I’m often asked where I order seeds from and the answer is: A lot of places. I’ve found that most seed providers that have their own “store” (be it brick and mortar or online) are pretty good. If they put out a printed catalog they are almost always good (fly by night operations don’t bother with catalogs). I advise people to stay away from sellers on amazon, eBay and other faceless seed purveyors. If the price seems too good to be true, it probably is. And there’s nothing wrong with picking up seeds at the store, but do check that they are packed for this year, because you don’t know how seed might have been stored in the off season. I just find that there is far more selection available from mail order seed companies.
This year, in addition to seeds I’ve saved from my own garden, I ordered from (or I’m growing seeds purchased in the past from):
- Johnny’s Selected Seeds
- Renee’s Garden
- Botanical Interests
- Fedco Seeds
- Floret Flowers
- Swallowtail Garden Seeds
- Select Seeds
- Harris Seeds
- Garden Trends
- Baker Creek Heirloom Seeds
And here’s a list of everything I’m growing. I was going to put in specific varieties but this would get very long. If you’re really interested in something, leave a comment and I’ll look it up.
Flowers for direct sowing/winter sowing:
- Cosmos (my favorite is ‘Lemonade’)
- Zinnia (many varieties, but I love ‘Queeny Lime Orange’
- Poppies (several bread seed varieties)
- Verbena bonariensis
- Nigella (I may start a few indoors for safety)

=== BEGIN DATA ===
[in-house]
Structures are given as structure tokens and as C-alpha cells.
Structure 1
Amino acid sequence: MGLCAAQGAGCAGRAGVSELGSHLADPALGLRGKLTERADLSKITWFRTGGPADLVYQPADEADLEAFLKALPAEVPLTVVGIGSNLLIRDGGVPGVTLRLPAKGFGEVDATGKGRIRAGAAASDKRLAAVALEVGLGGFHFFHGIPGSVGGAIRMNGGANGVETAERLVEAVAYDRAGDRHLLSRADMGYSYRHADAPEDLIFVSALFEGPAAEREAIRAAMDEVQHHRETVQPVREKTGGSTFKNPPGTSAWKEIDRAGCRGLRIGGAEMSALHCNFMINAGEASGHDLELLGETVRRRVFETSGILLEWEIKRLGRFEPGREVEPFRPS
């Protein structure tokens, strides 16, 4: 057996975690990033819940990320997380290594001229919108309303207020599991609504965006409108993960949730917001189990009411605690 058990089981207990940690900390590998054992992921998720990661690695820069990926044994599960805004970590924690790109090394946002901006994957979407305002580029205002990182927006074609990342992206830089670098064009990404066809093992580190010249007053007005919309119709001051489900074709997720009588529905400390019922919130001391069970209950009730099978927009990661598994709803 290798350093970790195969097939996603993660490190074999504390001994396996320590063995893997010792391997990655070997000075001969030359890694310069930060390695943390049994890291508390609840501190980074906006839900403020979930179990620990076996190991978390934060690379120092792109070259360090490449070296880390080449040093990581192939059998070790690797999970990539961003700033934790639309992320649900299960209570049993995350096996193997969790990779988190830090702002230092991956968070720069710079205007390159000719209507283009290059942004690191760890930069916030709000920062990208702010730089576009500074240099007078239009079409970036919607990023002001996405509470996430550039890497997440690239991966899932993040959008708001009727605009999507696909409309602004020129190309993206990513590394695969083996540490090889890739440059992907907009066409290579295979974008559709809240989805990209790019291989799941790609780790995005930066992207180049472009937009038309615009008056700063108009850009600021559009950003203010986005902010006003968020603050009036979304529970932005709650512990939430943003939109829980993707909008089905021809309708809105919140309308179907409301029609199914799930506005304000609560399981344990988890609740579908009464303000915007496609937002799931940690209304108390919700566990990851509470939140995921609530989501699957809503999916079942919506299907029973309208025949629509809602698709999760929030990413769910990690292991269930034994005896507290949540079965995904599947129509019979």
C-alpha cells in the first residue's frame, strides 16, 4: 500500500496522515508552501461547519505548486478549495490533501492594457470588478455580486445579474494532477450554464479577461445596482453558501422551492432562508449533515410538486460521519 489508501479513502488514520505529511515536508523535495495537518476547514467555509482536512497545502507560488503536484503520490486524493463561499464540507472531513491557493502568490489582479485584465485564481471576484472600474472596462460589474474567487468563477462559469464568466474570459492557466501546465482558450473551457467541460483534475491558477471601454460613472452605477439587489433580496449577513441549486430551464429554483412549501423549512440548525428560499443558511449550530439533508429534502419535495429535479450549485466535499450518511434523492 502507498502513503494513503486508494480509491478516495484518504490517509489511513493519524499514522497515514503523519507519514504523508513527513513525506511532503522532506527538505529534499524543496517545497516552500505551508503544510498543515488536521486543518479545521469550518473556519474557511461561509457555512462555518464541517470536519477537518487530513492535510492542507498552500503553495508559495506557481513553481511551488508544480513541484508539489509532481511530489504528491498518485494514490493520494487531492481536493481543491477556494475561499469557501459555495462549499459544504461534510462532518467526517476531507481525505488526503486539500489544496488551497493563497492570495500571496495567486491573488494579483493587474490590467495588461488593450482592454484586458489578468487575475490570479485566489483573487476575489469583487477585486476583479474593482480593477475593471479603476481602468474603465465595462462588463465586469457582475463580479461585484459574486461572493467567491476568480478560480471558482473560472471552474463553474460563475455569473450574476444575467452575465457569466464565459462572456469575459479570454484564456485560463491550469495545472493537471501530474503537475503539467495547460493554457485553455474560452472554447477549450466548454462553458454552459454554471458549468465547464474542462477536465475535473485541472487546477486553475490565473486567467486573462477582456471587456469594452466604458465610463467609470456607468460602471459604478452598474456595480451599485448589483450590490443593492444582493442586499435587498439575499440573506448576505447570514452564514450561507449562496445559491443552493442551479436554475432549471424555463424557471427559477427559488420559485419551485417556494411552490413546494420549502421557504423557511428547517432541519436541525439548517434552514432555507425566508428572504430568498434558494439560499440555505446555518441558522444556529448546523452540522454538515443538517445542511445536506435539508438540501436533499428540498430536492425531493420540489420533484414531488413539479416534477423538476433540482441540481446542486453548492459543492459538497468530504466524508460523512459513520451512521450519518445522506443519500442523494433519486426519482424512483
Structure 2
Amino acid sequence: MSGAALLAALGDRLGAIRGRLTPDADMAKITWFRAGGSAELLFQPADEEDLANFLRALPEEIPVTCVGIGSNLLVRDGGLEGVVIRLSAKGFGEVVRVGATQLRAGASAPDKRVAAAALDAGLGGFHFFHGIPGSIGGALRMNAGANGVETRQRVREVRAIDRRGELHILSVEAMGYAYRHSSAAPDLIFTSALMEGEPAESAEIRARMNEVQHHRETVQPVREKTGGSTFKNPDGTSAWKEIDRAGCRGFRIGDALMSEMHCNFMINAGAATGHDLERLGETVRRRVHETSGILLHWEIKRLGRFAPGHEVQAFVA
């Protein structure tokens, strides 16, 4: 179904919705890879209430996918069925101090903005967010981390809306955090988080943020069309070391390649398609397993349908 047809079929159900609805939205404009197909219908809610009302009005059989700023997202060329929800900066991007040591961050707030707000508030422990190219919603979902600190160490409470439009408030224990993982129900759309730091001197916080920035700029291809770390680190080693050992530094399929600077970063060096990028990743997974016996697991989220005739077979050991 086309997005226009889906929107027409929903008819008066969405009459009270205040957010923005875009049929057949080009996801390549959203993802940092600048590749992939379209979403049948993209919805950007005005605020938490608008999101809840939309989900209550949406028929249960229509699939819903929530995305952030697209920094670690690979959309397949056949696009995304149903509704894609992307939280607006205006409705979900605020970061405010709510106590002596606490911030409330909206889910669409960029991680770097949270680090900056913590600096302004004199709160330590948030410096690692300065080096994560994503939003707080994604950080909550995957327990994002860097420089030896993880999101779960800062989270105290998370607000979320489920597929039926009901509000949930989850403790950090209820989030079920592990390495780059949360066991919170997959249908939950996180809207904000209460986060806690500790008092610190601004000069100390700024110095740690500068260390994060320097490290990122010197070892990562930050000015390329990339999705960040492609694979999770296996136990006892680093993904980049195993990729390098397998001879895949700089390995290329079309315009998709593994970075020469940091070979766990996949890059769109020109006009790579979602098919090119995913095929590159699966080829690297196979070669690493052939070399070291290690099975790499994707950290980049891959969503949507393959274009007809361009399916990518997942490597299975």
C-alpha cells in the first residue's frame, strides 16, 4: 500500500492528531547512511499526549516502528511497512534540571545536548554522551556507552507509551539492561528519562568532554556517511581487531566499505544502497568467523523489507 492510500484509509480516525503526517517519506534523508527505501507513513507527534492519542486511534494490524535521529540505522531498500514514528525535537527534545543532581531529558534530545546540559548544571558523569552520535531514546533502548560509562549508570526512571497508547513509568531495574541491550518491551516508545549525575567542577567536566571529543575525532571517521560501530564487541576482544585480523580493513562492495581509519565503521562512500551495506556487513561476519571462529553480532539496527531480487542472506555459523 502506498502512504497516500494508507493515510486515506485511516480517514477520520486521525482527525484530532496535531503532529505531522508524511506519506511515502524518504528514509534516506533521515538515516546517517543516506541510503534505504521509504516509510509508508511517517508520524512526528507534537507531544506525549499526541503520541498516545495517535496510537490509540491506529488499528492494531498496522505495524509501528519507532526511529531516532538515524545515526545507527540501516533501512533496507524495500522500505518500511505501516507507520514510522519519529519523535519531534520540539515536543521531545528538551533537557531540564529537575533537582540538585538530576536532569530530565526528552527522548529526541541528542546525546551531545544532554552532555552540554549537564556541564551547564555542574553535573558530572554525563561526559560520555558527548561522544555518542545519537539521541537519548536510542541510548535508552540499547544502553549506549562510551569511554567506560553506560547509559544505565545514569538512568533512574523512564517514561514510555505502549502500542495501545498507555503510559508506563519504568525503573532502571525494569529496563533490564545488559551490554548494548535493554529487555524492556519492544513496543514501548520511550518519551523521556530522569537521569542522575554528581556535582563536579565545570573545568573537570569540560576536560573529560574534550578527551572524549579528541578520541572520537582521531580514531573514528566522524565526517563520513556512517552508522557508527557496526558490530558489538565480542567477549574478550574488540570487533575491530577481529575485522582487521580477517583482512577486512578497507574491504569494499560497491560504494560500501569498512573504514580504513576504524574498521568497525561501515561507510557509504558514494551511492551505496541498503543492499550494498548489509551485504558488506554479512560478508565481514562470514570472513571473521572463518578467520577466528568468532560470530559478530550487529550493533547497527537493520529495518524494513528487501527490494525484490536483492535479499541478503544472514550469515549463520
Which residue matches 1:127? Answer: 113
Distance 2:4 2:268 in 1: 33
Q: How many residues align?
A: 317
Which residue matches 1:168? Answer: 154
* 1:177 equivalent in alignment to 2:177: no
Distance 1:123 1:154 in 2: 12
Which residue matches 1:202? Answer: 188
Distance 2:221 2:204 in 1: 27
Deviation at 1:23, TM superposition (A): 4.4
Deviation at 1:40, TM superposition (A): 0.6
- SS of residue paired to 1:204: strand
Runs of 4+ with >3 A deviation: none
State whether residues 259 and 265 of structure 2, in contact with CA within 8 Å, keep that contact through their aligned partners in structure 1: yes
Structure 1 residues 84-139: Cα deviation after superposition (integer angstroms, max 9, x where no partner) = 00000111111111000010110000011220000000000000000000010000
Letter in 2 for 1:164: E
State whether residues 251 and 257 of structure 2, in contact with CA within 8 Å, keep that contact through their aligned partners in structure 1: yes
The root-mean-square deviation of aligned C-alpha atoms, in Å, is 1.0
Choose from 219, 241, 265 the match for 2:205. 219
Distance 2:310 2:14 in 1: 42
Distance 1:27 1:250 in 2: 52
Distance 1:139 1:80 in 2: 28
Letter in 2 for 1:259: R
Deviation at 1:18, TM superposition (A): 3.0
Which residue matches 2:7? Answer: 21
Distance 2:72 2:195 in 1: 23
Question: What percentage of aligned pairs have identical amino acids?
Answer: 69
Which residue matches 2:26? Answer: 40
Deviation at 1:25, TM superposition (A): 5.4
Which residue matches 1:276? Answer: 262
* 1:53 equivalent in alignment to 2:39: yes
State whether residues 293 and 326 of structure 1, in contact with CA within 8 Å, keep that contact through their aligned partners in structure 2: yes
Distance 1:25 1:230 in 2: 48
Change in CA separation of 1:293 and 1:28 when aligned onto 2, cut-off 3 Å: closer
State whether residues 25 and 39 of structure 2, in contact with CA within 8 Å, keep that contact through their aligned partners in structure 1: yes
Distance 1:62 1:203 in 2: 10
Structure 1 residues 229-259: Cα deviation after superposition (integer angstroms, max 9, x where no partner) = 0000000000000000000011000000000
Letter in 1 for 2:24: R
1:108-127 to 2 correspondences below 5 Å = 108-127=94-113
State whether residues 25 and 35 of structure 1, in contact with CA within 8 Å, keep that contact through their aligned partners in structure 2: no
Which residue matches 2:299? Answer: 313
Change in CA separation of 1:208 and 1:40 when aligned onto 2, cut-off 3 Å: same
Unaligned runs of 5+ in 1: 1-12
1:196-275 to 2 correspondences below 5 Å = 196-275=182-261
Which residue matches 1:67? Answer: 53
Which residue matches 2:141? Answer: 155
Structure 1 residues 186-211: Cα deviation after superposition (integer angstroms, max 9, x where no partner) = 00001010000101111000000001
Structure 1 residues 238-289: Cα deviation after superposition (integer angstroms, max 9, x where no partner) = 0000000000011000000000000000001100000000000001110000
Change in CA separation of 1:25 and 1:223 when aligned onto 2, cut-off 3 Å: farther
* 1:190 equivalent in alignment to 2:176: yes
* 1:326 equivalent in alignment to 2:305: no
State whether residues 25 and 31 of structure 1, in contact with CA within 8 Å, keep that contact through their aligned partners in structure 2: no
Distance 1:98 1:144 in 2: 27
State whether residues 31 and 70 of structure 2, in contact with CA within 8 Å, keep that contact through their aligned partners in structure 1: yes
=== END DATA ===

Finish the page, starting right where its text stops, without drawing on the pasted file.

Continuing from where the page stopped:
- Nasturtium (I will also start some indoors)
Flowers to start inside:
- Amaranth (more ornamental varieties)
- China aster
- Sweet peas (lots and lots of sweet peas)
- Silver sage (perennial mostly grown for foliage but I love the flowers)
- Burpleurum (I don’t even know what this is but it looks interesting)
- Cup and saucer vine
- Foxglove (‘Dalmation Peach’ blooms the first year)
- Signet marigold (‘Tangerine Gem’ this year)
- Petunia (‘Evening Scentsation’)
- Annual phlox
- Cerinthe (aka honeywort, two varieties just to see what I like better)
- Hyacinth vine
Vegetables and herbs for direct sowing:
- Bush beans
- Sugar snap peas
- Swiss chard (‘Bright Lights’ is my favorite)
- Lettuce (more varieties than I can name; I will start a few inside as well)
- Lacinato kale (some inside as well)
- Brocollini (maybe …. if I remember to sow them in late summer)
Vegetables and herbs to start indoors:
- Basil (several varieties including Thai basil for more ornamental uses)
- Tomatoes (so many tomatoes)
- Butternut squash (‘Butterbaby’)
- Parsley (Italian ‘Gigante’ is amazing)
- Peppers (sweet and hot)
- Onions (new for me)
- Ground cherries (new this year)
And of course there are other things I pick up as plants, including some herbs, an occasional squash and whatever else strikes my fancy.
It’s all very ambitious, I know. I will admit that by May, when it’s too early to plant many seedlings out, but they are all big enough to need a fair amount of attention, I tire of the whole seed-starting process. I usually swear that the next year I won’t grow so much from seed. But gardeners’ memories are short and for most of the time I’m starting seeds, I take untold joy in the process. So keep on growing.